9. Thank you for adding another film to the must-see list. Perhaps the interpolated French (inutile=useless; impuissance=powerlessness) is the Pondicherry factor…French embraced into Hindi, the way English was in the British colonial territories. Frindi? Hinch?

    • Yes, when you look the words up online they are referenced as Middle English, or Old French…so there is likely something to that. I think I’ve seen this subtitler’s work before (Choron Ka Chor?) too!

  10. This is a rarity in 1980’s Hindi cinema, a masala film that’s complete paisa vasool!

    So rare as to be unheard of in my limited experience. Memsaab: Bringing Worthwhile Hidden Gems to the Masses. (It should be your tagline.) Love all the scowling screencaps–I keep on picturing how they should be used on greeting cards. Screencap #13: Happy Anniversary! Screencap #16 (I think): one of those annoying cards that plays tinny music when you open it.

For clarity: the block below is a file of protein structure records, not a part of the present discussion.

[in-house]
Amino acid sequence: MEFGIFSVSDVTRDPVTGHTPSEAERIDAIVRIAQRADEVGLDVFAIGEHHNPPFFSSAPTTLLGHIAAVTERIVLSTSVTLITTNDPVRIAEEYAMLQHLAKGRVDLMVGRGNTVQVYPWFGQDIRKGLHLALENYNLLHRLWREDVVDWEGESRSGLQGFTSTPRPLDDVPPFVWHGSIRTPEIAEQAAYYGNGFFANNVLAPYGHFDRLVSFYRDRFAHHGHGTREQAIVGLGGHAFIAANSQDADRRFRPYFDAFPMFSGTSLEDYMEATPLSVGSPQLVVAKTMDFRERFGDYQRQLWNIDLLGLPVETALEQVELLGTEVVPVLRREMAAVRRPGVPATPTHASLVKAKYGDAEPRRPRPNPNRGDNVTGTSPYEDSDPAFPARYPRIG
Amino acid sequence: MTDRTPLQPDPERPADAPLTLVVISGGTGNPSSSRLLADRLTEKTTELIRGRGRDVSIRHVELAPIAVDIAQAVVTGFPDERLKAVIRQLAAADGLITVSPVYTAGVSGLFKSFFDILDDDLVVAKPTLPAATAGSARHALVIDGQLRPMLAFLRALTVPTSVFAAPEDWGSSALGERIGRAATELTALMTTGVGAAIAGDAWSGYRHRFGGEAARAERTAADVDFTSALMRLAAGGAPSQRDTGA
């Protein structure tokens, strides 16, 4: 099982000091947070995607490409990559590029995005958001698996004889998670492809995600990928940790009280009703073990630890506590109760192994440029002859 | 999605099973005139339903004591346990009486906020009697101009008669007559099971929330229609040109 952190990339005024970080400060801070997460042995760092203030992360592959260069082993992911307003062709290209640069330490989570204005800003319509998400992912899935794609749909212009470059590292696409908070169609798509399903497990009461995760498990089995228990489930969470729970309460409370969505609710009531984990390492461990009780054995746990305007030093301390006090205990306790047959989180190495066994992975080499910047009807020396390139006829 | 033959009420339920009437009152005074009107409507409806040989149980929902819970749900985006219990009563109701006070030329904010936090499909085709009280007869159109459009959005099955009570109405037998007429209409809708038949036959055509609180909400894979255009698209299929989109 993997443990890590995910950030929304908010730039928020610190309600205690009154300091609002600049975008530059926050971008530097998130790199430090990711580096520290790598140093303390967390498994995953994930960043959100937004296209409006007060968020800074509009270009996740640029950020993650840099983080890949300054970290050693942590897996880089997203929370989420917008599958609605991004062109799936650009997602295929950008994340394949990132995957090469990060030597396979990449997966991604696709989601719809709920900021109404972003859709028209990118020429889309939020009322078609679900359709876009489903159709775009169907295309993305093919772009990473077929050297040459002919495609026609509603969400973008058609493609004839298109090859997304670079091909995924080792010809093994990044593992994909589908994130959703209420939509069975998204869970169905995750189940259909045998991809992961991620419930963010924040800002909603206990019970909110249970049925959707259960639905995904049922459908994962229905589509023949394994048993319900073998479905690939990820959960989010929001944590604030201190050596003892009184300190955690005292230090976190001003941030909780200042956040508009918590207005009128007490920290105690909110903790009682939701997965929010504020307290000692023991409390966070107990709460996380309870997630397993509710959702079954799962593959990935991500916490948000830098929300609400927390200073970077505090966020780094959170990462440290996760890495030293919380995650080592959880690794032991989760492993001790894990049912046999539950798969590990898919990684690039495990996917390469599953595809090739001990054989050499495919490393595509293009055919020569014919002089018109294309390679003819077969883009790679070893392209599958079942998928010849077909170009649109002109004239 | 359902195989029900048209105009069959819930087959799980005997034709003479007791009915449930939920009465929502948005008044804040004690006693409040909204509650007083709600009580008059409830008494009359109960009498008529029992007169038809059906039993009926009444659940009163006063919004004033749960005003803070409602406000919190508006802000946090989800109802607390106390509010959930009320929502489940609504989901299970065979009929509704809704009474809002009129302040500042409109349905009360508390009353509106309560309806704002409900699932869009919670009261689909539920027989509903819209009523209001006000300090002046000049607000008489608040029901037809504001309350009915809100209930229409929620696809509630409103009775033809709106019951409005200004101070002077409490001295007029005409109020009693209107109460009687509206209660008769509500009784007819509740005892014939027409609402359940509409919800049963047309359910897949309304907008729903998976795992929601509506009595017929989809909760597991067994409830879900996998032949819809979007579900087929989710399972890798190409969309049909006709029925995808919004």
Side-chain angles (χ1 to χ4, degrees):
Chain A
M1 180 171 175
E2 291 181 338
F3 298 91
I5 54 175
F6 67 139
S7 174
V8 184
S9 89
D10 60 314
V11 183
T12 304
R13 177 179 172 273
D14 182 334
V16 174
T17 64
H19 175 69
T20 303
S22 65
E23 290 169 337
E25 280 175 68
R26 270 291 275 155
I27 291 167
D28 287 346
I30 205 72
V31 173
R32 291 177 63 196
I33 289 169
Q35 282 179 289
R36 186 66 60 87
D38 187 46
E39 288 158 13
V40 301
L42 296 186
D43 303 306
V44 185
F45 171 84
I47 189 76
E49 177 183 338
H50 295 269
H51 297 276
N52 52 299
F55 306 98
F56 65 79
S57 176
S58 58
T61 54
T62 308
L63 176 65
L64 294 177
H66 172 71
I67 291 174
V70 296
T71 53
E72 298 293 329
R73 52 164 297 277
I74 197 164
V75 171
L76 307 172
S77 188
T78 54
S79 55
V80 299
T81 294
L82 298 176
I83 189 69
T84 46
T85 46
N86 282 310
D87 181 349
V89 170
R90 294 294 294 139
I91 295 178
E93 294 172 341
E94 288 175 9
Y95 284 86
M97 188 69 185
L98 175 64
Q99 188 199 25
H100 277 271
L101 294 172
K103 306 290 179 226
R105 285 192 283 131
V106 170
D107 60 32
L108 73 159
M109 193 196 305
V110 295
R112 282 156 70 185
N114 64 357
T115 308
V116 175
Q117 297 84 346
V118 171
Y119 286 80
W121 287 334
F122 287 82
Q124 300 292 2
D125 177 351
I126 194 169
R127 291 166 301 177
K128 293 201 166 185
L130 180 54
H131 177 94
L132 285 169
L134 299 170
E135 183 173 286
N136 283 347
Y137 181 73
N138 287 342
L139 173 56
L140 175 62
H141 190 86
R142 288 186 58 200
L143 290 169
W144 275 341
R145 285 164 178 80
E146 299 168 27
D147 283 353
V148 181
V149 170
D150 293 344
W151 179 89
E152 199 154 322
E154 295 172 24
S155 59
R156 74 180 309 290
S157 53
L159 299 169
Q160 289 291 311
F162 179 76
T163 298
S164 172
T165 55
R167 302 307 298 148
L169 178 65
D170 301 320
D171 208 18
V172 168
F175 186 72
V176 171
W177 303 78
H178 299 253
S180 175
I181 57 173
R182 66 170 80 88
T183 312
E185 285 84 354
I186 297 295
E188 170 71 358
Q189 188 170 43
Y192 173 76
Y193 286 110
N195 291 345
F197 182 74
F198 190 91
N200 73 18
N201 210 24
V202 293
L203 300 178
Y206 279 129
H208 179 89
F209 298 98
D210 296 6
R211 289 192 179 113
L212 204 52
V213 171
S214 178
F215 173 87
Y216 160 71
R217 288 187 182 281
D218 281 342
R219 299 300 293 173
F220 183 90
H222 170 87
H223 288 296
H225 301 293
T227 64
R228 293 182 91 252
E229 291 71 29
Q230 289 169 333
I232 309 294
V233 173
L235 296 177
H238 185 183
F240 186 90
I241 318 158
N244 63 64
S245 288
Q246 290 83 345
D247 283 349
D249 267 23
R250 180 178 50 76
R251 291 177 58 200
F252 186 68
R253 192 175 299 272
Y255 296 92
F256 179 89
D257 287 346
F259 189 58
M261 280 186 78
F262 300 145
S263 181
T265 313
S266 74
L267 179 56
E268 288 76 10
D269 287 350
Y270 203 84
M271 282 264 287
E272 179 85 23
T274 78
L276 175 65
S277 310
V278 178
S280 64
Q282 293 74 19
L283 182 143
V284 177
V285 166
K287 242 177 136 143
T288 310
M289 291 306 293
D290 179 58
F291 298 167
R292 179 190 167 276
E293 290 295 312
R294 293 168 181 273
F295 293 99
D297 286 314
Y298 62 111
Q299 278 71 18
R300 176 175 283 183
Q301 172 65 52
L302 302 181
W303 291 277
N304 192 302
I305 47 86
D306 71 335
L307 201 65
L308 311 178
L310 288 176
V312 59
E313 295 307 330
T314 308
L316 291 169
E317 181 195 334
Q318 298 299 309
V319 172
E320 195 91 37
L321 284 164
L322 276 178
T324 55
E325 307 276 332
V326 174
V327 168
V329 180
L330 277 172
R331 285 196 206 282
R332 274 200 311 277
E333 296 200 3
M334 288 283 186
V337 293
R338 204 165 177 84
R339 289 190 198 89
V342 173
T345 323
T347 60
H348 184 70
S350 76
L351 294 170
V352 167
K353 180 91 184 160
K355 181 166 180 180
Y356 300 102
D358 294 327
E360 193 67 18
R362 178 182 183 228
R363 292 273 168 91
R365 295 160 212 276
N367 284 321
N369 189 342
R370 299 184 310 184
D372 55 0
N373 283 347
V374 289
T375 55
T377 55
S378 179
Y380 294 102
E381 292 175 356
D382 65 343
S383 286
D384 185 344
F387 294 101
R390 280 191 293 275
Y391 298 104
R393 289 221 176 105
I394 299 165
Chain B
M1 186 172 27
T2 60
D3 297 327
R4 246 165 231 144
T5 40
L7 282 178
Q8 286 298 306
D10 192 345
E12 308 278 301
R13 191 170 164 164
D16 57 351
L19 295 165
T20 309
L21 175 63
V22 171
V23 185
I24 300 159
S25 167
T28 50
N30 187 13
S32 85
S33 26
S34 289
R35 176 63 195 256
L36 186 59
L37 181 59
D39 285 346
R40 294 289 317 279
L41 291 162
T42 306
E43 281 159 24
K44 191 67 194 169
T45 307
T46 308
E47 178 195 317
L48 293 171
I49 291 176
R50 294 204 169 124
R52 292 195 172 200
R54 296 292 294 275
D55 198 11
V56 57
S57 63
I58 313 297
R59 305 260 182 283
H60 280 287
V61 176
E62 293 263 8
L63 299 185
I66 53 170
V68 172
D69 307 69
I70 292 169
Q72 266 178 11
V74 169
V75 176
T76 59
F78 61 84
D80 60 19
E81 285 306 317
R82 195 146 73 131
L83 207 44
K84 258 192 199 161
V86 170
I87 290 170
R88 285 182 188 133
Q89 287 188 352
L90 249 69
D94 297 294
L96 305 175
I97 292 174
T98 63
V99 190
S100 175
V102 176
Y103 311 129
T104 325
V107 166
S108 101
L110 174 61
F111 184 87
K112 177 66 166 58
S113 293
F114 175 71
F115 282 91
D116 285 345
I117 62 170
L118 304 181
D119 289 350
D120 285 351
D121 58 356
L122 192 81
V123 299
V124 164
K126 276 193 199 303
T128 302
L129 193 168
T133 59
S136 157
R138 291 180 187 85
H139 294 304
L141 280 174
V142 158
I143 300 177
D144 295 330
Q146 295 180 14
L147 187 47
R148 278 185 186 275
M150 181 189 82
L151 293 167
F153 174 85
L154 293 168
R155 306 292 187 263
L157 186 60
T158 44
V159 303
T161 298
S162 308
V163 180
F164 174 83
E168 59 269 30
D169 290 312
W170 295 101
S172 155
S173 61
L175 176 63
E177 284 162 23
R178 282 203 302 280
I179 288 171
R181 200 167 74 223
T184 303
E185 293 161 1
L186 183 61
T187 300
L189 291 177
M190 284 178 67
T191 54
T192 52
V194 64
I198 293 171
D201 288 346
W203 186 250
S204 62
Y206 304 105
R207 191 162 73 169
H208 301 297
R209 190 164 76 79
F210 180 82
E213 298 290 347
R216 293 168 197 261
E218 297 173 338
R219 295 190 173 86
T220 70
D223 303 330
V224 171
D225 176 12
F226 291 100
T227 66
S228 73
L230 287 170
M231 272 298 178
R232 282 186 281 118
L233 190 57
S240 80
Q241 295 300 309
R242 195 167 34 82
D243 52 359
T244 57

• I thought “I watch crappy movies so you don’t have to!” was my tagline ;-)

      We should totally start a line of greeting cards!!!! OMG, what a fabulous idea! (*falls over laughing at #13: Happy Anniversary!*)

  11. Ah! I watched this on DD when I was three. Absolutely dugged it back then. :) I had no idea which film this was, so thanks for clearing that up!

  12. i am kind of confused !! I have read that neetu singh quit acting right after she got married in late 1979 or maybe early 1980, however, here she is in a 1982 movie !! so, was this movie shot before 1980 but released later in 1982? or did she sign the deal and agreed to act in this film before she got married so she had to act in it then she quit?

    • I think Neetu and Rishi got married in 1982 (at least I have some Stardust mags covering her weddding that date from 82) so that’s probably the source of your confusion :) This was probably one of the last films she shot before she got married—she went into a frenzy of filming long hours at the end to get all her commitments finished before her wedding.